About

THE FAHAD STORY

As keen conservationists, farmers and world renowned horse and camel breeders, the Shareholders had a dream 14 years ago to create a pristine game farm and private reserve in the arid Limpopo River Valley. The location was perfectly selected at the confluence of the Mokolo and Limpopo Rivers, opposite the Botswana Tuli Block. It is through their and the local team’s enthusiastic commitment that we are able to bring you Fahad Game Reserve as it stands today. The reserve – initially for private use only – was made accessible to the public and nature lovers in the mid 2000’s in order to create opportunities for more people to share our conservation success story. Our guests are treated in a number of private luxury family lodges, with self-catering and full board options.

Considerable effort and funds were directed over the years across 12 properties – of which most were previously heavily overgrazed cattle farms – to develop and implement environmental conservation and game and veld management. Breeding of Sable Antelope and Buffalo were also introduced on the farm.

Real social up-liftment programmes were introduced some years ago that today are successful businesses offering training and employment as artisans to a host of previously unemployed women.

WHAT MAKES US UNIQUE

Fahad Game Reserve – covering just over 6`700 hectares –  is one of the largest privately owned game reserve on the Limpopo River. No other privately owned reserve offers the flexibility of three luxury family lodges and the natural  beauty of the Limpopo River valley with its gigantic Leadwood, Anna, Acacia, Jackalberry and Rain trees [Appelblaar], as well as the indigenous Lala Palm on the banks of the river. We are in a Malaria Free environment which makes it absolutely safe to visit us with small children.

Apart from more than 20 species of normal plains game, around 400 bird species, and Buffalo and Sable, we offer the following special wildlife species [visit Wildlife for more information]:

  • 2 endangered mammal species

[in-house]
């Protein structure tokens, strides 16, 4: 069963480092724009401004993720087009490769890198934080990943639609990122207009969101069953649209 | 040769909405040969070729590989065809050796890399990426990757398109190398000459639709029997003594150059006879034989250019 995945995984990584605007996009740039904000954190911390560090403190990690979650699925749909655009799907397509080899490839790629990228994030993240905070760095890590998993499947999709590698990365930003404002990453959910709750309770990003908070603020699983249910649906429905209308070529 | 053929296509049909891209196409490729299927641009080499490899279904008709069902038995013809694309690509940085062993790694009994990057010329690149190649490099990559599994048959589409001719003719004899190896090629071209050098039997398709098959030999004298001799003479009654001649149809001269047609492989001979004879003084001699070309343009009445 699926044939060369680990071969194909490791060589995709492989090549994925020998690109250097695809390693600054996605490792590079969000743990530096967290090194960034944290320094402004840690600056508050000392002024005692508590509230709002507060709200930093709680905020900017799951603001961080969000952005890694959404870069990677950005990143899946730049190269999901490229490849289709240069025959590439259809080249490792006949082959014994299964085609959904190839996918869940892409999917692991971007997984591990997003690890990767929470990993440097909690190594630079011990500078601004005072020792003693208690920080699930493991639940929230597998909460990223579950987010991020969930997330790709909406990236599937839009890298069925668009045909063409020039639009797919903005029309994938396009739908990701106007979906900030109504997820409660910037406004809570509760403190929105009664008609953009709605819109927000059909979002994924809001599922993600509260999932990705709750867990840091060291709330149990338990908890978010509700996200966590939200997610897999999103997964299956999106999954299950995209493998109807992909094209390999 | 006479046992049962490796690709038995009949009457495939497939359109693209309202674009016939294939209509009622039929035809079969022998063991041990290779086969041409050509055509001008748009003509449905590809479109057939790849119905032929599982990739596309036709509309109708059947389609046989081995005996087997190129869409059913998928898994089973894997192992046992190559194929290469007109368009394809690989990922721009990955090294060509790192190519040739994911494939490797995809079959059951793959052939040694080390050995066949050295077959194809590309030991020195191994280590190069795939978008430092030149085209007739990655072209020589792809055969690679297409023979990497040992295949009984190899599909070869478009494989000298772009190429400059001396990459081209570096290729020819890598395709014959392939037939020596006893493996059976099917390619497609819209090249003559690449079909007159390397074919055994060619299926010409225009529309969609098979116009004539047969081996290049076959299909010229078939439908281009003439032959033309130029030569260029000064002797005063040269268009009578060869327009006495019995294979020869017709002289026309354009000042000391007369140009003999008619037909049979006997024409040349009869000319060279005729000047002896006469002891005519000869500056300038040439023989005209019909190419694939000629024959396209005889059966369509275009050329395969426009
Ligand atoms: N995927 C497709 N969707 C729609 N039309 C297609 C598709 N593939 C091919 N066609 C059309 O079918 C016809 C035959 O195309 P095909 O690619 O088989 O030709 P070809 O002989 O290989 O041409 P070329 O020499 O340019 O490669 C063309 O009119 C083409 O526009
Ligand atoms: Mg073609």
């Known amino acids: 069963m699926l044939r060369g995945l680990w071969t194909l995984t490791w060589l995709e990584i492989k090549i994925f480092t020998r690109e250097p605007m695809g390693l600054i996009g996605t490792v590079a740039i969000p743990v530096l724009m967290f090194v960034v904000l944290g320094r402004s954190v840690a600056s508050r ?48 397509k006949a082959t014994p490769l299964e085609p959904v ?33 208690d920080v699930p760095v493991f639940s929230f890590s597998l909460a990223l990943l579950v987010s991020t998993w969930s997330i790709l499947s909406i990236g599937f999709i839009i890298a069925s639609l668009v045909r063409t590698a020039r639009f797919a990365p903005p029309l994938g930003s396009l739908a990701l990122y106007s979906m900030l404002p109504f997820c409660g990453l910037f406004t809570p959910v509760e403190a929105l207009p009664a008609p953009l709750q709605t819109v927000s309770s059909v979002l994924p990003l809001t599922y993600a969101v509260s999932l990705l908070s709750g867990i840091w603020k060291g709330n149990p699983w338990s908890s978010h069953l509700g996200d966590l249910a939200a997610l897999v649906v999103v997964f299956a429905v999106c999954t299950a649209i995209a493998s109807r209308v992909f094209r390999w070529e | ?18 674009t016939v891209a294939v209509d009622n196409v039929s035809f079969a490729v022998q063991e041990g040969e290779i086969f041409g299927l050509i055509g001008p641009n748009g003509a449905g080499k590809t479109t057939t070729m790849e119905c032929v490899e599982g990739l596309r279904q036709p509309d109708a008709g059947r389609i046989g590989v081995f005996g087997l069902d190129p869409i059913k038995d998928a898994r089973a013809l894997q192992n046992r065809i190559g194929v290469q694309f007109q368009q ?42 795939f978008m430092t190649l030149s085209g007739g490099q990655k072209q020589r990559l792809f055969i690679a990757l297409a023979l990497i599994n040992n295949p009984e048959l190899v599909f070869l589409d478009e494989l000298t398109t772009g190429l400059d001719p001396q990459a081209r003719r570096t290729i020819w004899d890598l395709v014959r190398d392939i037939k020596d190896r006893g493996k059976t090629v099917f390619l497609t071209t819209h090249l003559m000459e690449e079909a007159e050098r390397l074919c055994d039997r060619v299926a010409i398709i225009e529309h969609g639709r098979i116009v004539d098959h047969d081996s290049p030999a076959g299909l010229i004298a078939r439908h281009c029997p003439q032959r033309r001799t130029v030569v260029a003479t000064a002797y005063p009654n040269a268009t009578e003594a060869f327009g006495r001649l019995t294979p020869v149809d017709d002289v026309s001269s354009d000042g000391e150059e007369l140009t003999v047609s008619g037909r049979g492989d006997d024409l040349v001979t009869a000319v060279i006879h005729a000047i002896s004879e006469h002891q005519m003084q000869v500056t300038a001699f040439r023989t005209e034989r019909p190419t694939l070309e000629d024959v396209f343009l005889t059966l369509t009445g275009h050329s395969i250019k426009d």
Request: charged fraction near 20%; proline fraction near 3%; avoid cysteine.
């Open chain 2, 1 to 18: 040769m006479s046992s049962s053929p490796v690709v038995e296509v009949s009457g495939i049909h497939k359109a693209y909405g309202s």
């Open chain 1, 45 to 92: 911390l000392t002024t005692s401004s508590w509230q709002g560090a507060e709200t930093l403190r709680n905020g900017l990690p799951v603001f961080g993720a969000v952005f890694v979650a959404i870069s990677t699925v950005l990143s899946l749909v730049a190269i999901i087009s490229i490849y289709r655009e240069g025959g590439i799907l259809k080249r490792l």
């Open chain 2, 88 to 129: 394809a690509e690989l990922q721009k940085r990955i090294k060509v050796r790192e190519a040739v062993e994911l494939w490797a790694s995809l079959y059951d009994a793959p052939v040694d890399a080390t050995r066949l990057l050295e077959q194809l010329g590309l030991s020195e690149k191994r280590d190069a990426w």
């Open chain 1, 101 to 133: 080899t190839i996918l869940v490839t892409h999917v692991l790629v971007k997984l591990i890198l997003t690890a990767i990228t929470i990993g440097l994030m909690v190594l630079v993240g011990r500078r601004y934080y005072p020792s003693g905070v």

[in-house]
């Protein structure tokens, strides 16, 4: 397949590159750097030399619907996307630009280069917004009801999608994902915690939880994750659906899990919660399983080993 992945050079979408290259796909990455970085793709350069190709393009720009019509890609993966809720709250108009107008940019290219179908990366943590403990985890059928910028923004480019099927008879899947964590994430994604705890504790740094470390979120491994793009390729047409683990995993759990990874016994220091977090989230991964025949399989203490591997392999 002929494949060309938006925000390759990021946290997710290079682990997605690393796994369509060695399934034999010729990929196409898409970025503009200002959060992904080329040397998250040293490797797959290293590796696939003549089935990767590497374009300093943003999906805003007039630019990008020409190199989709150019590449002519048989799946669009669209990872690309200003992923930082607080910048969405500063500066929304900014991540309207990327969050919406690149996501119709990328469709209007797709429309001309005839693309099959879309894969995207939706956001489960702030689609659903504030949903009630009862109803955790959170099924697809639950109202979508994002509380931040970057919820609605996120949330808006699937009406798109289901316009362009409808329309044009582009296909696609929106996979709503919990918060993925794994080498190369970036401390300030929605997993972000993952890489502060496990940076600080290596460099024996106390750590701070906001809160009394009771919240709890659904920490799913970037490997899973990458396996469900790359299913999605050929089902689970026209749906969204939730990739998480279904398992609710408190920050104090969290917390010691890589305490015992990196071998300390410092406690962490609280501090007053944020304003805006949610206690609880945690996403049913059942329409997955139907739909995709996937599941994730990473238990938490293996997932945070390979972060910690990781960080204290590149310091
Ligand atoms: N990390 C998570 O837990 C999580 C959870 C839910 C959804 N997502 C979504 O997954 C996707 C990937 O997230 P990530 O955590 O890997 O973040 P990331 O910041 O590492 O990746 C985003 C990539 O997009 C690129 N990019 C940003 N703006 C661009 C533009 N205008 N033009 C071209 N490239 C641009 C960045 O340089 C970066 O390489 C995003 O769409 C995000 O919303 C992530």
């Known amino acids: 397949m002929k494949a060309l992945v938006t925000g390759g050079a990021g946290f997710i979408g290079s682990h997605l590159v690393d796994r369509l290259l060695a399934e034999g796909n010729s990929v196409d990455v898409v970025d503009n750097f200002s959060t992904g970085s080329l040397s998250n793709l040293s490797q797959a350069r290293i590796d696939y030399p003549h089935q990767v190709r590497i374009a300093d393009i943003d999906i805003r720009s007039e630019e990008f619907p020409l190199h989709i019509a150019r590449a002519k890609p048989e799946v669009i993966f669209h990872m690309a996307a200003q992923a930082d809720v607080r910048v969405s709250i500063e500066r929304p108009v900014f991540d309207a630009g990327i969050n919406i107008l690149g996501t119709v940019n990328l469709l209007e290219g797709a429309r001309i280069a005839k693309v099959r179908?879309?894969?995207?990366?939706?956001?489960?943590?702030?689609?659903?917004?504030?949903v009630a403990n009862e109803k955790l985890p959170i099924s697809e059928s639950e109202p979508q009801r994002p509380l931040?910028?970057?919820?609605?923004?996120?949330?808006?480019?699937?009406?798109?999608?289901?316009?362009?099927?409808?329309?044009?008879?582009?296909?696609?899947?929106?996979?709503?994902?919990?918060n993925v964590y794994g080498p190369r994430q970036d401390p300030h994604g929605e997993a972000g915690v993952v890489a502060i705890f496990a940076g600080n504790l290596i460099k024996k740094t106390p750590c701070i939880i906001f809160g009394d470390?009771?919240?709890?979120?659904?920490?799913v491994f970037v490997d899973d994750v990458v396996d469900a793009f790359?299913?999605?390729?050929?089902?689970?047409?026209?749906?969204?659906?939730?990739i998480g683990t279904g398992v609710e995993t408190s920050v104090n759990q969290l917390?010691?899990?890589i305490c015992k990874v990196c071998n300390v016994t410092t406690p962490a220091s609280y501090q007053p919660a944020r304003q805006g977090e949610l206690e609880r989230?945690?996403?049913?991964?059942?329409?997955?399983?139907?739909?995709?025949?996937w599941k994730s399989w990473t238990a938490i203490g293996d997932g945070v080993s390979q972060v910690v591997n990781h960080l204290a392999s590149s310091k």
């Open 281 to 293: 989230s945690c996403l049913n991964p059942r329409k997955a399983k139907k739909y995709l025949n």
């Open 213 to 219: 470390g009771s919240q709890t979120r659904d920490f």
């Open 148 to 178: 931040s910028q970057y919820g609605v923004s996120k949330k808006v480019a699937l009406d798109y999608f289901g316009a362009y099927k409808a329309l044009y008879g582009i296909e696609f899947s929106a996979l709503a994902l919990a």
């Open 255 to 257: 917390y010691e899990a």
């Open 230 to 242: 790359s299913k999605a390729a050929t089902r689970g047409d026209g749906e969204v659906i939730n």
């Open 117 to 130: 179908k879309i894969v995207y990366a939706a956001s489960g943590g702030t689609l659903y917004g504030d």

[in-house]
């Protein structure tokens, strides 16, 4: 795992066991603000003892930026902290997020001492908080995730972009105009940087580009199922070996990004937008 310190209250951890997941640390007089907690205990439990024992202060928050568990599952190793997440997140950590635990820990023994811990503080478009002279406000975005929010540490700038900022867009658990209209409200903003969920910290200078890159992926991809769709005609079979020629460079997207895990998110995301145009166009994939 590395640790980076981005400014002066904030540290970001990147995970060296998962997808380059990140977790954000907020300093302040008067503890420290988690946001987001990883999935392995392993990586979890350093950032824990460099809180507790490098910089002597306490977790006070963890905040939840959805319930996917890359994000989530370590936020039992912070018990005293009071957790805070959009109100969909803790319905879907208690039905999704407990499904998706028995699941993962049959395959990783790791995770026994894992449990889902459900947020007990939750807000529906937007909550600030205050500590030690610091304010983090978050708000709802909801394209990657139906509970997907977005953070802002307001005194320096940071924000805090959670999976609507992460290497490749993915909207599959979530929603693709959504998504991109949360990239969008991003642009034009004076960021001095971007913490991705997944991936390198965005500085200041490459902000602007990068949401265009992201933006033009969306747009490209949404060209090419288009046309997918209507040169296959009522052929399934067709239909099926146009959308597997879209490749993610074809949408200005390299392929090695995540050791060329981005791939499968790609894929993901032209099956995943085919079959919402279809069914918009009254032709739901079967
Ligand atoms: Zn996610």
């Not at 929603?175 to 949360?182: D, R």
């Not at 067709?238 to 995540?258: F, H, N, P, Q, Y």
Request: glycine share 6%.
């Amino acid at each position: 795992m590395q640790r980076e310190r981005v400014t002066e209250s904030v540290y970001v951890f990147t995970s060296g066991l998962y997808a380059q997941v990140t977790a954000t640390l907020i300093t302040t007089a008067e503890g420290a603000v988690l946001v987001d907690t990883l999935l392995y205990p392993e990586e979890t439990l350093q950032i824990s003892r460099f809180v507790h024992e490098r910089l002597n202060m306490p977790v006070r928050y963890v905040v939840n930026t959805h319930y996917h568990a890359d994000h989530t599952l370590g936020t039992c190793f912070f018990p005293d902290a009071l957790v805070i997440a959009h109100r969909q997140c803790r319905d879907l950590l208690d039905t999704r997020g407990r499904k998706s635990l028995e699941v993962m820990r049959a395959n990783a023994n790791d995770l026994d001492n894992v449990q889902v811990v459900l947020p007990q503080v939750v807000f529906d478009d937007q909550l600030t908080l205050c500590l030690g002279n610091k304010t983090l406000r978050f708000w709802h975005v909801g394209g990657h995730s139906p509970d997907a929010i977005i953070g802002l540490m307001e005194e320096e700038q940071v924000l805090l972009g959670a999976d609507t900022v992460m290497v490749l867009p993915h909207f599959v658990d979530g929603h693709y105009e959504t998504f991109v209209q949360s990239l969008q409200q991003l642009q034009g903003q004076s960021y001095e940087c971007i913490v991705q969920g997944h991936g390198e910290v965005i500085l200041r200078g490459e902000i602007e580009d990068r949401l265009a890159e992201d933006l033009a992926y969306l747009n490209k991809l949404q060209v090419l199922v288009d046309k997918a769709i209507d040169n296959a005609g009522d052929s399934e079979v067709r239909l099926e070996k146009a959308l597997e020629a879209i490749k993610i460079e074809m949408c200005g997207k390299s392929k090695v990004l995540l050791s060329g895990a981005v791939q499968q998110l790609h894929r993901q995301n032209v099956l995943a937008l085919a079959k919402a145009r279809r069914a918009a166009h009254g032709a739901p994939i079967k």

• 16 specially protected or endangered bird species
  • 19 protected mammal species
  • 3 protected reptile species
  • 15 different predators or carnivores
  • More than 10 small mammal species

Our two smaller lodges only accommodates a maximum of 10 to 14 people each and lodges are privately allocated once booked. This ensures a unique and private breakaway with only friends, family or colleagues.

 

THE BUSHVELD

Fahad Game Reserve is part of the Waterberg Biosphere Reserve. The Waterberg is the first region in the north of South Africa identified as a UNESCO Biosphere Reserve, and the incredible rock formations in evidence were shaped over hundreds of millions of years by riverine erosion. This recognition goes some way to impart the beauty of this lesser known part of the country – its incredible scenery, often accentuated by late afternoon thunder storms, plummeting mountain gorges, vast Limpopo River Valley, clear streams, and rolling bushveld.

The Bushveld of South Africa lies north of the Waterberge [directly translated as Water Mountains due to the abundant natural fountains that occur there]. This blue-hued Waterberg imposingly stretches its full length from Thabazimbi in the south west, to the Lapalala River in the north east of the Limpopo Province, supporting a biome of over 15 000 square kilometers. The Limpopo River valley forms the full northern border of the Waterberg Biosphere and Fahad Game Reserve is located in the northern center of this area.